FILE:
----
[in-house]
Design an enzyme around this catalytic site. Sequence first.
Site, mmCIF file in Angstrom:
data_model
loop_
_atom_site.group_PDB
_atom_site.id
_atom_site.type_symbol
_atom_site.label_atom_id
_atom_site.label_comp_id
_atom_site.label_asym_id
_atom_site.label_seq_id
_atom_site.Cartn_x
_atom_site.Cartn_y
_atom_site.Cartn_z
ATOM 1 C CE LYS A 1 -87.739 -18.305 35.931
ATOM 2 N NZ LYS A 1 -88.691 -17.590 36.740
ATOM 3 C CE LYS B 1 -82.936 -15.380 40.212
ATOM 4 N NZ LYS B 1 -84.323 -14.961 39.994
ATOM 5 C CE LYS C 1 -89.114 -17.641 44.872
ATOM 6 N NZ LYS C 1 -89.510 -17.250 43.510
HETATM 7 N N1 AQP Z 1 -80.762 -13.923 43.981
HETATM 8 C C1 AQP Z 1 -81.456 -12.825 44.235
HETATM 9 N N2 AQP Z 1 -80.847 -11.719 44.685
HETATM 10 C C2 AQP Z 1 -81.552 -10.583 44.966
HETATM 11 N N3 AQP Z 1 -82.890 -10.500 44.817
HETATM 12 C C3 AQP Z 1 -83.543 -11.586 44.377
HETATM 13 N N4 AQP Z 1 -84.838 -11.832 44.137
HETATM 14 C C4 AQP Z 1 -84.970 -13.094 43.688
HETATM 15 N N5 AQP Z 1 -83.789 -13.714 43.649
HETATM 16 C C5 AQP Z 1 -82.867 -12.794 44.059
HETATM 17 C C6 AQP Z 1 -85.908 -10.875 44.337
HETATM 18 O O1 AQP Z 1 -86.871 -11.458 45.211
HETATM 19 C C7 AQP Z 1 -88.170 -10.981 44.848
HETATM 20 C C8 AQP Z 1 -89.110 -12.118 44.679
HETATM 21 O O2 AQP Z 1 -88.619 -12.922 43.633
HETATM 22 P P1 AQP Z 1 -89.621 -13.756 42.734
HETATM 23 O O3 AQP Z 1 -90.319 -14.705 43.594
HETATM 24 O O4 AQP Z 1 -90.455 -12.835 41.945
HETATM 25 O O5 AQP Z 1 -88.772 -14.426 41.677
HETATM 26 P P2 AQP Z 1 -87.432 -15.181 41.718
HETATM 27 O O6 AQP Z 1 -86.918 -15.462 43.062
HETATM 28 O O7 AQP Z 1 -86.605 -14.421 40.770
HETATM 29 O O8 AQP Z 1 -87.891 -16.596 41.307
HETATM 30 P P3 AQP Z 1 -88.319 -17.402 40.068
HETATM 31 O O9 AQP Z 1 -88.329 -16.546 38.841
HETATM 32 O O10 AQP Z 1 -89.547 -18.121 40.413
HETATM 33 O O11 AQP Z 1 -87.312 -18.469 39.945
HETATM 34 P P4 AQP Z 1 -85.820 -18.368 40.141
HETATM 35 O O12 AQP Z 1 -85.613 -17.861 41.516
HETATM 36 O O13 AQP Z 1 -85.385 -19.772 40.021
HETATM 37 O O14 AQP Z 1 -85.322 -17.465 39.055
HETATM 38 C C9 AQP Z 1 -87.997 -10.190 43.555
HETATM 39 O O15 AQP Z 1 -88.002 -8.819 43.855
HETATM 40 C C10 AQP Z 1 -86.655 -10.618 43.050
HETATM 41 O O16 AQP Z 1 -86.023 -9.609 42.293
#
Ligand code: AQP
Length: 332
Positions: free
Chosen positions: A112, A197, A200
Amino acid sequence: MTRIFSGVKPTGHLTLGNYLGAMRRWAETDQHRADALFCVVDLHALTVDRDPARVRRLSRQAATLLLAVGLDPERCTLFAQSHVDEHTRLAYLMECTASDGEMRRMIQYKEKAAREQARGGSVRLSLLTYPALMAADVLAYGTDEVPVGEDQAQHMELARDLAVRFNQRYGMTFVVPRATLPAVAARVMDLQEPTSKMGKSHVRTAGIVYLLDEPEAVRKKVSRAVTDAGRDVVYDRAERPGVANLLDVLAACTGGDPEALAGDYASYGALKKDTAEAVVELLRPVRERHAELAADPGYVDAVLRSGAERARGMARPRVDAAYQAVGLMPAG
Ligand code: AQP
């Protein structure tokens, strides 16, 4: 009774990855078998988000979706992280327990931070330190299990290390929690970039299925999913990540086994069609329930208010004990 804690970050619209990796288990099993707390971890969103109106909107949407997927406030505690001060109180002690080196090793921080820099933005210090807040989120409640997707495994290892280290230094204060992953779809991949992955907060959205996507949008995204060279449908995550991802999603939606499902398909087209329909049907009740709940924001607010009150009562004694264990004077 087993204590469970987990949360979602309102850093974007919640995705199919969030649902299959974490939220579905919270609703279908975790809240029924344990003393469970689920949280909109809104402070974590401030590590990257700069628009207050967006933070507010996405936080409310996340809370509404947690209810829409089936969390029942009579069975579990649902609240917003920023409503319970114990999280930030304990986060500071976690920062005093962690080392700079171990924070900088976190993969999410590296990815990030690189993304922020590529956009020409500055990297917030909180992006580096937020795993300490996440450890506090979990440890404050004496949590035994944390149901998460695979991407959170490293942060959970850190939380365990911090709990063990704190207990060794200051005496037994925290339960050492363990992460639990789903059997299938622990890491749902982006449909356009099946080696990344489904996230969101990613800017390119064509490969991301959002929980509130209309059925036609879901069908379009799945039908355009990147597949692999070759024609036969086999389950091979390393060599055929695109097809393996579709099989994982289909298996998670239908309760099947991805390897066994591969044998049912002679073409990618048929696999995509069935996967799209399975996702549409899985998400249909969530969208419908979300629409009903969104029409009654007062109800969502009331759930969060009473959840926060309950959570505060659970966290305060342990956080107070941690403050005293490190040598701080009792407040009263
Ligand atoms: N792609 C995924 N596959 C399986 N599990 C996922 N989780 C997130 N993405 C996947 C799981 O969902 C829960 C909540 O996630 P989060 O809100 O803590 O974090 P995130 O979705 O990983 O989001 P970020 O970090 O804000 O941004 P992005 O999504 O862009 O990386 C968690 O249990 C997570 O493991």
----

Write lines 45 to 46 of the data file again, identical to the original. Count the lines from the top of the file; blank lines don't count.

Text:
HETATM 30 P P3 AQP Z 1 -88.319 -17.402 40.068
HETATM 31 O O9 AQP Z 1 -88.329 -16.546 38.841